Pterygium Surgery

For general information regarding pteryia, please click here.

What is the treatment for pterygium?

Whilst eye drops may reduce the symptoms, the only curative therapy is surgery. Surgery is usually performed as day surgery under local anaesthetic. Almost always, you will also be given some sedation by the anaesthetist. Occasionally patients will have a full general anaesthetic.

During the surgery, the pterygium is removed. In order to reduce the risk of the pterygium growing back, a small conjunctival graft is taken from under the upper eyelid is inserted into the bed of the pterygium. The conjunctival graft can be sutured into place, or glued. Most patients prefer the glue as it provides a better cosmetic outcome and is significantly more comfortable compared to sutures.

After the procedure is completed, an eye patch will be applied for your comfort. Approximately 1 hour after the operation, you will be given information about your aftercare and will able to leave the hospital.

After the operation you will need to regularly use anti-inflammatory eye drops for at least one month.

Below is an illustration of how a pterygium excision is performed. Note the conjunctival graft from under the upper eyelid covering the excision site.

How long do I need off work?

We recommend taking at least one week off work following the surgery.

What happens after surgery?

Usually you will go home after the surgery with a pad over the eye. Do NOT rub the eye. The next day, you should remove the pad and gently clean the eye. You should then start taking the prescribed eye drops.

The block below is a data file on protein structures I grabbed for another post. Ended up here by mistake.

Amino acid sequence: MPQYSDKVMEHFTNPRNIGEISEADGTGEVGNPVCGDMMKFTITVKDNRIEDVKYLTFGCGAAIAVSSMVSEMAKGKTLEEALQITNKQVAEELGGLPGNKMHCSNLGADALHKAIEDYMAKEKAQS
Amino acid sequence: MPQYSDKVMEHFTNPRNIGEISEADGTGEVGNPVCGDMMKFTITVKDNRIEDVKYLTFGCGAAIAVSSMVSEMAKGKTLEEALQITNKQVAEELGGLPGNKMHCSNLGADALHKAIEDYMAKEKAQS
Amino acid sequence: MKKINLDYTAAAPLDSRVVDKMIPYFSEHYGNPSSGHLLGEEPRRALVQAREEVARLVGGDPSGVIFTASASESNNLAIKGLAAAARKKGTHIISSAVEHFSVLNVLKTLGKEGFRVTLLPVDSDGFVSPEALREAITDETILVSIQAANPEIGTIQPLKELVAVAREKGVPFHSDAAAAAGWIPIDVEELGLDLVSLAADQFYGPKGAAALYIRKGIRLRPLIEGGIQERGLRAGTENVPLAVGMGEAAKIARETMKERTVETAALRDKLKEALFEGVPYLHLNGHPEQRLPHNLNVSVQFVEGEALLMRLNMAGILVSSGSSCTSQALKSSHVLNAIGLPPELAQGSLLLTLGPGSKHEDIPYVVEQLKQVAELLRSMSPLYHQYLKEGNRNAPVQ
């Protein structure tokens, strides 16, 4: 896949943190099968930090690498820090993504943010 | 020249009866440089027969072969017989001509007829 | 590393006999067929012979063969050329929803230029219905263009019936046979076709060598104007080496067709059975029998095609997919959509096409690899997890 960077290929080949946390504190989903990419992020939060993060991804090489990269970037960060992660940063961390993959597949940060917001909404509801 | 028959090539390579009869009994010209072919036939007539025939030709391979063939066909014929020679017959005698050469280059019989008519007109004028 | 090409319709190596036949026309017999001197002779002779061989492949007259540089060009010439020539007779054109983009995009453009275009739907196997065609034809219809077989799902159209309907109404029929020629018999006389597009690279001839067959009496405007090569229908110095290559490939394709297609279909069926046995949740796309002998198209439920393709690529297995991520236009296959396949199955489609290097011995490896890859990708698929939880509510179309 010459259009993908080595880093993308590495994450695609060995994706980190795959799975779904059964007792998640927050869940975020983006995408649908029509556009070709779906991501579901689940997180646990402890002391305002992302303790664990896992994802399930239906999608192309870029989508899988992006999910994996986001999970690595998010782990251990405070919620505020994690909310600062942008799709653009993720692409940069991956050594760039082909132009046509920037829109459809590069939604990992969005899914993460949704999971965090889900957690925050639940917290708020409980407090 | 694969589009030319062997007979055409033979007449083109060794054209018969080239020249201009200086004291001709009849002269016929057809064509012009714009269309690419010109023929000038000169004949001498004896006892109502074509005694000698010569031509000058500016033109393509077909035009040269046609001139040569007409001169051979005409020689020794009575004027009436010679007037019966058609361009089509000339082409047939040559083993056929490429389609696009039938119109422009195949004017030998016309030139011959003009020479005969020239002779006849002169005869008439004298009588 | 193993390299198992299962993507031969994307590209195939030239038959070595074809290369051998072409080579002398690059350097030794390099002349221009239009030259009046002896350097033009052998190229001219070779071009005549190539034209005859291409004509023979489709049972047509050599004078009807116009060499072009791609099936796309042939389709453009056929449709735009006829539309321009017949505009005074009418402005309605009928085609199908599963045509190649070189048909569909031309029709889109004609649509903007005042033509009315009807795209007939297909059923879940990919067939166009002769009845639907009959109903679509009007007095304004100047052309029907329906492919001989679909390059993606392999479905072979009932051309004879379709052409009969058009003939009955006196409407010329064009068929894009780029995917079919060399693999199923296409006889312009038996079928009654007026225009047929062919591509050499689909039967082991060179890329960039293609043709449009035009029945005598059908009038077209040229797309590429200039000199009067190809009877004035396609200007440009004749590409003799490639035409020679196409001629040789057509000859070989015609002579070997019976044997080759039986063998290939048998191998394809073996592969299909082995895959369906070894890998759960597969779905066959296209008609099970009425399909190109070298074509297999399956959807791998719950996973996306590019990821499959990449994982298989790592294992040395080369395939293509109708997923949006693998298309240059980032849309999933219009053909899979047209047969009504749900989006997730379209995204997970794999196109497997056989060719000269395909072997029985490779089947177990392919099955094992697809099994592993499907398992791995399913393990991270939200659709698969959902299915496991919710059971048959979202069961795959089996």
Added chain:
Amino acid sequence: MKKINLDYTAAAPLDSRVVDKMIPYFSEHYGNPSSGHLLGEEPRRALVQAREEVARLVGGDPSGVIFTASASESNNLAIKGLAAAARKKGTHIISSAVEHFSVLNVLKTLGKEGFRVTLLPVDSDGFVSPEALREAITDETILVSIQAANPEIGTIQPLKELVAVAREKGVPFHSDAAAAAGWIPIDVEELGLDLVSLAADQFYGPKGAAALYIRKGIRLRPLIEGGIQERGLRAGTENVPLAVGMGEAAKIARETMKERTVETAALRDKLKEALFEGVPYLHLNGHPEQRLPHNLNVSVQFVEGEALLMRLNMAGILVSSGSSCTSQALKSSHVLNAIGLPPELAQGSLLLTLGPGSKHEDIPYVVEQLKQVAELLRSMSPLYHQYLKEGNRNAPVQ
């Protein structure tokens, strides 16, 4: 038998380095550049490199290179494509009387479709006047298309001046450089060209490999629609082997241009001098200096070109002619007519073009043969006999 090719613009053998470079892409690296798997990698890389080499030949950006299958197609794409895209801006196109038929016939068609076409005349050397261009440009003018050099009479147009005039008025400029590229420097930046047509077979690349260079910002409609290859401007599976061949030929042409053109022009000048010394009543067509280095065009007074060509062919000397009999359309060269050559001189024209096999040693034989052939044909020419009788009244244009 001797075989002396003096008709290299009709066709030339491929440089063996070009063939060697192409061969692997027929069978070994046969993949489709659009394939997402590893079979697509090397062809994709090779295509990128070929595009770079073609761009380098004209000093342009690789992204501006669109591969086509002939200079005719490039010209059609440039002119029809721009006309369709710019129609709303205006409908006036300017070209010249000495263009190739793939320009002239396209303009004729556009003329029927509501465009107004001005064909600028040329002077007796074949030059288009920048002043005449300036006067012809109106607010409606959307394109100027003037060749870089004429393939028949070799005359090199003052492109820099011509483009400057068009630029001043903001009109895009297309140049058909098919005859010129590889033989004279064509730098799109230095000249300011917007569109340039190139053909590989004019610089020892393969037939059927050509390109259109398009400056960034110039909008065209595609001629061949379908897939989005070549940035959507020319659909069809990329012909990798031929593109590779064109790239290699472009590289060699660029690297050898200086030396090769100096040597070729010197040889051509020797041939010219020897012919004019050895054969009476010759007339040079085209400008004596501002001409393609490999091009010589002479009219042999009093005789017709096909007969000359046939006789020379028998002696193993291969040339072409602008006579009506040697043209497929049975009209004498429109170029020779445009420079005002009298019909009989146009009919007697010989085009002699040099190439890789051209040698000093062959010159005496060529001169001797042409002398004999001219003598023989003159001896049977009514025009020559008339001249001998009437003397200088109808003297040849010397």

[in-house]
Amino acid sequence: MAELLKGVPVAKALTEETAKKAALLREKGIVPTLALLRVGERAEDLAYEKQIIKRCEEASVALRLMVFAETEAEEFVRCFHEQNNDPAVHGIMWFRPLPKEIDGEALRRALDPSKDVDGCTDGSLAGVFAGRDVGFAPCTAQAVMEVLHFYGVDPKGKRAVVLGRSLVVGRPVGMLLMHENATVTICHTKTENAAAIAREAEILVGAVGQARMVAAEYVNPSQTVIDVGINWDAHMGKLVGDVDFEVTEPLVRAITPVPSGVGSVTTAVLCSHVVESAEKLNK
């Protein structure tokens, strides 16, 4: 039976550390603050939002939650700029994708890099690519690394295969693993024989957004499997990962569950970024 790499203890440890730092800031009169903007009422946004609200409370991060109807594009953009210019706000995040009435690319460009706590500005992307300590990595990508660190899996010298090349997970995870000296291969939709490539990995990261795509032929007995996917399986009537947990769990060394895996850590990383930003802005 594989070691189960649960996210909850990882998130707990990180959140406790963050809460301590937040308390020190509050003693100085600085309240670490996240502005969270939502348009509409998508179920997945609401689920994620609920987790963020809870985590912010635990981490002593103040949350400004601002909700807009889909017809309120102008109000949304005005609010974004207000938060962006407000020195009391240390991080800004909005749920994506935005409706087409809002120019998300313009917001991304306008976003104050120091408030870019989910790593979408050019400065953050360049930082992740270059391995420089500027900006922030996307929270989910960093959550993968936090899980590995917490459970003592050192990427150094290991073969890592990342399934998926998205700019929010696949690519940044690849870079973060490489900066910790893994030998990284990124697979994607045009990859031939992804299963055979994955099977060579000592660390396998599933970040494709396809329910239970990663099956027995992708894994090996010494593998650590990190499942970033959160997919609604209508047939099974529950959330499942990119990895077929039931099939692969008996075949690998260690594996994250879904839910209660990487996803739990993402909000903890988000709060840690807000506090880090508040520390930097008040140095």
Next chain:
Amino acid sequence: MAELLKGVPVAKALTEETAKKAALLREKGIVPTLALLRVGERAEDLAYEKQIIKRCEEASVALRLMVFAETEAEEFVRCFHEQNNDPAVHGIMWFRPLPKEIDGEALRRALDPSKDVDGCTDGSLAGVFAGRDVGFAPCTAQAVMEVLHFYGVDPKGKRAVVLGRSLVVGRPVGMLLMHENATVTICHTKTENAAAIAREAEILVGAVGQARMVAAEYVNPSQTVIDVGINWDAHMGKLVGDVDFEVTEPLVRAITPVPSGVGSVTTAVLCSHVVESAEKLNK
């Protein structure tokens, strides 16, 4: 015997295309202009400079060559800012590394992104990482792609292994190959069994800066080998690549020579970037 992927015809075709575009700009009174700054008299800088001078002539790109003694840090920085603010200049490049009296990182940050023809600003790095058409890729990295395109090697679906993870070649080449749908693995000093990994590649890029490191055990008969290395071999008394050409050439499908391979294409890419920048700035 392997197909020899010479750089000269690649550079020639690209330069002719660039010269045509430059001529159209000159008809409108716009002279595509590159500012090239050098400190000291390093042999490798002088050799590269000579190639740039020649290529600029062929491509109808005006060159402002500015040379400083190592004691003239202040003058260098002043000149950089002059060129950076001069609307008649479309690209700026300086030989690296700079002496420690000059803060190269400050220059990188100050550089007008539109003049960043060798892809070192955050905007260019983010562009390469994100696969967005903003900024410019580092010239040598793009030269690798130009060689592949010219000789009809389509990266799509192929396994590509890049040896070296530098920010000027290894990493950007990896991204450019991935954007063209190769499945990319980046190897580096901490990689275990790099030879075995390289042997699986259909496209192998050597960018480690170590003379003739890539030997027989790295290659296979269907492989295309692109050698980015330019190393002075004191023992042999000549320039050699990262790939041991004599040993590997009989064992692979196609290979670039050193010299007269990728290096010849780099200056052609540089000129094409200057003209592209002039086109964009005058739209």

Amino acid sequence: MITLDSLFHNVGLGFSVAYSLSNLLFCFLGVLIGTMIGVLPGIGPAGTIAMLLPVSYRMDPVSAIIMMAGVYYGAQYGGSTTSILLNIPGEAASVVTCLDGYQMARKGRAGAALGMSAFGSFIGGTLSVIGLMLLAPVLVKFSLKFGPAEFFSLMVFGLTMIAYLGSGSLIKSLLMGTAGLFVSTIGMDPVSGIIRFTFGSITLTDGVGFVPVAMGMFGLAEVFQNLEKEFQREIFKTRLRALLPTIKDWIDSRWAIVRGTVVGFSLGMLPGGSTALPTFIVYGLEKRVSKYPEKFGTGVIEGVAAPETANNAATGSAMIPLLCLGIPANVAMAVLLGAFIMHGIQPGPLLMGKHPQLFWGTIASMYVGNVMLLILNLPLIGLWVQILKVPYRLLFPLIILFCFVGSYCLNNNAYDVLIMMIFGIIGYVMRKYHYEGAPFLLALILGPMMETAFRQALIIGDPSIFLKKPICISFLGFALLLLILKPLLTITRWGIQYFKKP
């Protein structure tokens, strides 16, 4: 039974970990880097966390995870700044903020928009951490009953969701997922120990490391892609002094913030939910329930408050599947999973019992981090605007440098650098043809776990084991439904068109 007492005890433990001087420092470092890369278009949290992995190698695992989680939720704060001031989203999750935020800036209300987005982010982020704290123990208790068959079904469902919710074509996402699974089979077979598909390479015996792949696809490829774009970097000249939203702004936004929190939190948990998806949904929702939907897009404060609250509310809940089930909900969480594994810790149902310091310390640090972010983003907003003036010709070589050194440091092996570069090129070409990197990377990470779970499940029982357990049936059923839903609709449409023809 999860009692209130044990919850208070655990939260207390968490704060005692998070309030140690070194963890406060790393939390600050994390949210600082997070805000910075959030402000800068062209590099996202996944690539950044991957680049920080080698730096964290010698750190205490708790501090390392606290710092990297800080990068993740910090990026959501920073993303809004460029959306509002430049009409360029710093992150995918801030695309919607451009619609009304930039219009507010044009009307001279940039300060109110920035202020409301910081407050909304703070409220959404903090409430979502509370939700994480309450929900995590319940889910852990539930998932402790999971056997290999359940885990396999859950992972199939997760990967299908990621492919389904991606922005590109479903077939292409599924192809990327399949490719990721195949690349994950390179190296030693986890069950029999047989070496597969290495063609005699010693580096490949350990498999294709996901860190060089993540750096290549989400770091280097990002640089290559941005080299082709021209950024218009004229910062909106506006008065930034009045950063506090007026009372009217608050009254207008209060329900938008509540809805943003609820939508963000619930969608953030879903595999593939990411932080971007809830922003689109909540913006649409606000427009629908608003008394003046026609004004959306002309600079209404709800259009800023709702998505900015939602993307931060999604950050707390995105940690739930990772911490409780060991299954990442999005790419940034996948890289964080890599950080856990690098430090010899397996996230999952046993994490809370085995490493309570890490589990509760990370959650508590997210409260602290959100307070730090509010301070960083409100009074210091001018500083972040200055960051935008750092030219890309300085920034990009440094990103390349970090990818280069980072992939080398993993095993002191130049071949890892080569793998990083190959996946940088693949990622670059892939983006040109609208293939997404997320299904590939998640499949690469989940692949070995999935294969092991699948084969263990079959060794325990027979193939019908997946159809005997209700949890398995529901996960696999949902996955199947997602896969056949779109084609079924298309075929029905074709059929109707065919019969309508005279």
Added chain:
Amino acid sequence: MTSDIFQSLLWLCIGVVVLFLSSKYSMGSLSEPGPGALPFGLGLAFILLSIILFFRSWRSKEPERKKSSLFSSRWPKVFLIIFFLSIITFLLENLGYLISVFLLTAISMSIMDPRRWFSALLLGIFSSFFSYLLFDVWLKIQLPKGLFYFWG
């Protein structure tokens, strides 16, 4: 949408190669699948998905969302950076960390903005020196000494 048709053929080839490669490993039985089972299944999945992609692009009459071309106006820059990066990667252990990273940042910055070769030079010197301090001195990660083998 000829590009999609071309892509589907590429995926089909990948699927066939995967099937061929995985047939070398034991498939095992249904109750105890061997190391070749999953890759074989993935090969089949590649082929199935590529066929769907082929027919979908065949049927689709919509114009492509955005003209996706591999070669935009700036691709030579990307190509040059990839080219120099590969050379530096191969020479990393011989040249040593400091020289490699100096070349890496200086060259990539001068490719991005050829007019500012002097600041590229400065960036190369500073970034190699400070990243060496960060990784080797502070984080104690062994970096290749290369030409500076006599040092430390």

After the operation you will experience some pain in your eye, especially when blinking. The pain is normal after the operation and may be helped with simple analgesics, such as paracetamol, Naprosyn, etc. Some patients find eye patching helps reduce pain. The pain should be gone in a few days.

Your eye will look red for several weeks, sometimes a couple of months. This will gradually diminish with time.

Your vision may be blurry for several weeks after the operation. This is usually due to a change in the prescription of the eye. This can occur due to a change in the shape of the eye after surgery. Generally this gets better on its own, but occasionally a change in glasses or contact lenses will be required.

What are the risks?

Generally speaking, pterygium surgery is safe, however, as with any operation, there are some risks.

The most common complication with pterygium surgery is regrowth. The risk of this occurring is less than 1 in 40 (2.5%). If it does occur, usually it is mild, and no further surgery is required. In rare cases a recurrent pterygium may need to be removed again.

There is also a risk that the conjunctival graft may dislodge (therefore don’t rub your eye after the surgery) and a risk of infection.

As mentioned above, after the pterygium is removed, the shape to the cornea may change. Since the focussing of the eye is dependent on the shape of the cornea, it is common to notice some transient blurred vision for several weeks following the surgery. Occasionally this may require you change your glasses if the blurred vision persists.

It is extremely rare for pemanent loss of vision to occur following pterygium surgery.

If you would like to make an appointment for pterygium surgery, please click here.

Dr Joshua Yuen

Dr Joshua is an experienced consultant ophthalmic surgeon, who specialises in retinal diseases and cataract surgery... read more

Dr Brad Johnson

Dr Johnson is an experienced consultant ophthalmic surgeon, who specialises in retinal diseases and cataract surgery... read more